Department of Labor Logo United States Department of Labor
Dot gov

The .gov means it's official.
Federal government websites often end in .gov or .mil. Before sharing sensitive information, make sure you're on a federal government site.


The site is secure.
The https:// ensures that you are connecting to the official website and that any information you provide is encrypted and transmitted securely.

Boys, girls equally likely to be employees by age 17

December 21, 2001

Female youths were less likely than male youths to hold an employee job while age 15. About 35 percent of young women held an "employee" job when they were 15; about 43 percent of young men held an employee job at that age.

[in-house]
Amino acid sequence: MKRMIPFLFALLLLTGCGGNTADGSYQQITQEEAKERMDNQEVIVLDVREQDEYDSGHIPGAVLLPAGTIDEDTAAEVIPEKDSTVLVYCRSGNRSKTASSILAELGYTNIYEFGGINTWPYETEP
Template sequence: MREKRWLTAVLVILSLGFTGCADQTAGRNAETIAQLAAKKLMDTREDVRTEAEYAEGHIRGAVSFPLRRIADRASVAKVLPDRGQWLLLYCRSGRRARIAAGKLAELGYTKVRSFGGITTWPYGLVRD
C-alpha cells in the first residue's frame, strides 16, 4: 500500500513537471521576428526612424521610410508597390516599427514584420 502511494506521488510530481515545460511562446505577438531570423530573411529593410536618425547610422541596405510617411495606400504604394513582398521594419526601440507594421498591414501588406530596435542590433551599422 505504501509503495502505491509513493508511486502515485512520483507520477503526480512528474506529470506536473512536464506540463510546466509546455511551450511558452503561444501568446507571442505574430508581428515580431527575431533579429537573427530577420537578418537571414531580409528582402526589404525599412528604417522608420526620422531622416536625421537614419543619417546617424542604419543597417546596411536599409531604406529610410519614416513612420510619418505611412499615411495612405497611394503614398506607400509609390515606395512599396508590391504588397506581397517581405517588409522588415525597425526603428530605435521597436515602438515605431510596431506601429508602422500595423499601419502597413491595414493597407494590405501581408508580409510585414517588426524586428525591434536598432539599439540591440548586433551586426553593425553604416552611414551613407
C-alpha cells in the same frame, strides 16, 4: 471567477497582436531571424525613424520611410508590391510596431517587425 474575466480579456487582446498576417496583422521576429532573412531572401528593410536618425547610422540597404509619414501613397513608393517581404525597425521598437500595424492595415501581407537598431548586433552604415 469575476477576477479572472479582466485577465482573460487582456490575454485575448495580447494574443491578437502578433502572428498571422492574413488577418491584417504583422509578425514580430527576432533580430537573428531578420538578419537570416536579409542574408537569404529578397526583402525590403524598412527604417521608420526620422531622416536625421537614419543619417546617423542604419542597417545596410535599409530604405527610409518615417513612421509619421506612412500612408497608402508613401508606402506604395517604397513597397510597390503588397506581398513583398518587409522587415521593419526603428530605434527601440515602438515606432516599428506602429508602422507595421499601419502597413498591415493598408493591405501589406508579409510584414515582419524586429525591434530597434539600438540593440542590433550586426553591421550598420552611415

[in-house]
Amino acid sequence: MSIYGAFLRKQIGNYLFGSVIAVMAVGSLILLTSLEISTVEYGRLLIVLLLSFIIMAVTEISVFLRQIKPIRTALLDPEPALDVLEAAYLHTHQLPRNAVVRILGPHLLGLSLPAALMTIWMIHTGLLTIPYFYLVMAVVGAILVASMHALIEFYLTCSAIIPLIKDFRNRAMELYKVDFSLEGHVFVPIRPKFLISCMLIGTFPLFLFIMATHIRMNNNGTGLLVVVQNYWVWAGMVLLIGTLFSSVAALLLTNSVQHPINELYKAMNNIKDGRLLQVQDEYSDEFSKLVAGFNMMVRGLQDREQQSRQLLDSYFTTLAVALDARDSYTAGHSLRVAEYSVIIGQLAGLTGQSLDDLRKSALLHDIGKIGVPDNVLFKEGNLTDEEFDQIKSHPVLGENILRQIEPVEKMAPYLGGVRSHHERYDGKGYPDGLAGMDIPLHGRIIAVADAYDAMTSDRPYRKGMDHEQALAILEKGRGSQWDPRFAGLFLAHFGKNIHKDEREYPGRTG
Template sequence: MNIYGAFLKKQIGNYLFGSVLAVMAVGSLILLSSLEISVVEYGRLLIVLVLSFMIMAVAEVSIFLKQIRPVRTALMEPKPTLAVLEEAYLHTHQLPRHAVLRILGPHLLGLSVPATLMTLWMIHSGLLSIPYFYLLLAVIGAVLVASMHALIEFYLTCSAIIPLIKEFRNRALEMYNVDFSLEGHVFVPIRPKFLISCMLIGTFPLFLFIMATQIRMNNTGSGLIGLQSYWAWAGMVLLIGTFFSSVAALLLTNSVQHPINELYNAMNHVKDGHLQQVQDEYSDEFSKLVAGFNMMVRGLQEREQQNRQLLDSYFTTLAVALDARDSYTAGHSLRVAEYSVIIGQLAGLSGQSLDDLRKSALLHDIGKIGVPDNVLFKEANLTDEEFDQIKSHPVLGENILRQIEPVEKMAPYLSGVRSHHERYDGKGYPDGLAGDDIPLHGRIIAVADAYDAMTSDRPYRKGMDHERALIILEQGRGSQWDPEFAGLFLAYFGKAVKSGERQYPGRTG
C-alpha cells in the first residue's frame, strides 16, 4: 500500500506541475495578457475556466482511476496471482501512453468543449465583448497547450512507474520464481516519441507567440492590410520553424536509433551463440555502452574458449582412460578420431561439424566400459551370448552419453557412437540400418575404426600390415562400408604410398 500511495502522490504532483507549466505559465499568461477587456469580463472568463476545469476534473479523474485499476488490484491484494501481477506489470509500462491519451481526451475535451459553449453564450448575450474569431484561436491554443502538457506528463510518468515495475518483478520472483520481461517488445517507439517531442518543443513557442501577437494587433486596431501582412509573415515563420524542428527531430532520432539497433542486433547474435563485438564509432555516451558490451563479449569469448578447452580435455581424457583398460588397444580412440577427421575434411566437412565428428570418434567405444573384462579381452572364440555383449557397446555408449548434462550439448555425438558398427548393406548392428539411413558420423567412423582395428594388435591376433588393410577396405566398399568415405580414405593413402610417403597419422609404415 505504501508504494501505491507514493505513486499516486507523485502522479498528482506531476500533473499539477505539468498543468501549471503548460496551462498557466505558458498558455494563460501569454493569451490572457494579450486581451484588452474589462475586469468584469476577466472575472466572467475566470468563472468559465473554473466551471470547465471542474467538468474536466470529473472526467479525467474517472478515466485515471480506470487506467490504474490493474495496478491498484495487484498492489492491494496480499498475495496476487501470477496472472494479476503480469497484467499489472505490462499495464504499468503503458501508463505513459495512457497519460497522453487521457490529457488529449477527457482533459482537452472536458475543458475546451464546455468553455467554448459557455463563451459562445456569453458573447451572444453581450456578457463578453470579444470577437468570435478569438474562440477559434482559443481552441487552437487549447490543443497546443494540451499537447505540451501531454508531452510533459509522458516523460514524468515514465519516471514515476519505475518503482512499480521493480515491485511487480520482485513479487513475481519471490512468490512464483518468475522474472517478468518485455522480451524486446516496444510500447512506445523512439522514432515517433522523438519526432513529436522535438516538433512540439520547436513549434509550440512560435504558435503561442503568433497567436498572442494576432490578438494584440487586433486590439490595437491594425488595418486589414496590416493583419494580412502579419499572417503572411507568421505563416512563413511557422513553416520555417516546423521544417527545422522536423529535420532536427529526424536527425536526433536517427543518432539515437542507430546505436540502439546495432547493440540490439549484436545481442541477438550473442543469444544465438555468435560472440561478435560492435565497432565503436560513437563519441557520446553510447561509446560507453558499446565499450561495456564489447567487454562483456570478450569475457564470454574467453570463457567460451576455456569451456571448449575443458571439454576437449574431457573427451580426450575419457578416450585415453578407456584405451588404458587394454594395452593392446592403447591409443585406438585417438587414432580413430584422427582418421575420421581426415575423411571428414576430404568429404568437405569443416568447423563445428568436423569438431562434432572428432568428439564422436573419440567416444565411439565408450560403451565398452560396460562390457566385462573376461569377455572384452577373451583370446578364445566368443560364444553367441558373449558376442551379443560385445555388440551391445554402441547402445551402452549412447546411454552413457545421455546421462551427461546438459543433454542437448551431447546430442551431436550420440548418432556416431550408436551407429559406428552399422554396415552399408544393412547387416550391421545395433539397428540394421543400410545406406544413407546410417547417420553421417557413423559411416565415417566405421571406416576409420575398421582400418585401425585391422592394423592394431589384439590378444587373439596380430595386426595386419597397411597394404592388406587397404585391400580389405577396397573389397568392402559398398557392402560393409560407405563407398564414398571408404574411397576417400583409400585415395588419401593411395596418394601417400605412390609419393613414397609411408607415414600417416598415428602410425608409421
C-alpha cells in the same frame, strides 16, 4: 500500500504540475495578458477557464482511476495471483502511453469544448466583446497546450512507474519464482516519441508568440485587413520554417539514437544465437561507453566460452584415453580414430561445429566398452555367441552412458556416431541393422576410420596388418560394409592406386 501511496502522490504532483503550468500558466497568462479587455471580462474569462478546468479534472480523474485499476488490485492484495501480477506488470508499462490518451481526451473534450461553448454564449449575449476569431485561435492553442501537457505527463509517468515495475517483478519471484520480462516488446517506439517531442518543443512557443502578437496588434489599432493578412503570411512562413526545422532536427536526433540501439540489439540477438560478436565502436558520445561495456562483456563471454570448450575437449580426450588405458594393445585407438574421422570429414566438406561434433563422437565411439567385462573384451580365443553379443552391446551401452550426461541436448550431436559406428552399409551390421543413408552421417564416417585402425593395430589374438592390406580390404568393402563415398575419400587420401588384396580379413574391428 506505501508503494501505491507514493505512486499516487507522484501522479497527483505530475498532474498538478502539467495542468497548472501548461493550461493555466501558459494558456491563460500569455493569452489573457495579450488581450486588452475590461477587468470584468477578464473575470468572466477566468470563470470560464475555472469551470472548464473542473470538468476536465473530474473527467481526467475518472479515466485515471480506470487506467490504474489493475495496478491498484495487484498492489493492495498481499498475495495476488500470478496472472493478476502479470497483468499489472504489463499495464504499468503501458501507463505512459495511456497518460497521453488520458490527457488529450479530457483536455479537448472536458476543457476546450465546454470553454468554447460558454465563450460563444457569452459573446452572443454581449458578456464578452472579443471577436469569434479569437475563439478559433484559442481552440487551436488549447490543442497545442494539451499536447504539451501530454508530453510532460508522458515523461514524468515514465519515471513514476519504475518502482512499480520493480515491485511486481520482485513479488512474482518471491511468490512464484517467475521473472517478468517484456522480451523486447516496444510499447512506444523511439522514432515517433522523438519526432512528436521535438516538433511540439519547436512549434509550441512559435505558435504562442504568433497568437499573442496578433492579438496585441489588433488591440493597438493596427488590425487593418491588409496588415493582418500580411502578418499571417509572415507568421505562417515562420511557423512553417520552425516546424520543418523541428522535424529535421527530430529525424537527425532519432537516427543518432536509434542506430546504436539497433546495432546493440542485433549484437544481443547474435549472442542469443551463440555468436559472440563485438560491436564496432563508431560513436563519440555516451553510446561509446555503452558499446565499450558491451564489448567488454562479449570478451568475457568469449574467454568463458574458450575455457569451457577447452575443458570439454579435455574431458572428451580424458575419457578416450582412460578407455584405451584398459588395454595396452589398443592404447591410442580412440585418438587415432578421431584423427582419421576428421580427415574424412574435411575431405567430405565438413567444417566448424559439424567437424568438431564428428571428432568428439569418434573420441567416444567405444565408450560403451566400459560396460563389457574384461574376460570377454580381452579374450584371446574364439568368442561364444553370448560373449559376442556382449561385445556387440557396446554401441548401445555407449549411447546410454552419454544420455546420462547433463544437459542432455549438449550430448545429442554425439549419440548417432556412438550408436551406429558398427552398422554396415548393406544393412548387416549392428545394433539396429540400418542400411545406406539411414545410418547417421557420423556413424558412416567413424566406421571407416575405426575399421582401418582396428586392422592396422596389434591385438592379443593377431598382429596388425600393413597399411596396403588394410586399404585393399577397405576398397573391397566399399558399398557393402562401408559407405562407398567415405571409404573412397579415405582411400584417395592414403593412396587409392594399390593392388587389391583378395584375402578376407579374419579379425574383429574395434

Share of youths holding 'employee' job, by age and sex, 1995-2000
[Chart data—TXT]

By age 17, this gender gap disappeared. Nearly 80 percent of youths, male or female, held an employee job while age 17.

These data are from the National Longitudinal Survey. The survey respondents were ages 12 to 17 when first interviewed in 1997, and the oldest were age 20 when interviewed a third time in 1999-2000. Those with "employee" jobs have an formal relationship with a particular employer, such as a restaurant or supermarket. Those with "freelance" jobs perform tasks such as babysitting or yard work, but have no formal job arrangement. For more see news release USDL 01-479, "Employment Experience Of Youths: Results From The First Three Years Of A Longitudinal Survey".


Bureau of Labor Statistics, U.S. Department of Labor, The Economics Daily, Boys, girls equally likely to be employees by age 17 at (visited July 24, 2024).

Recent editions of Spotlight on Statistics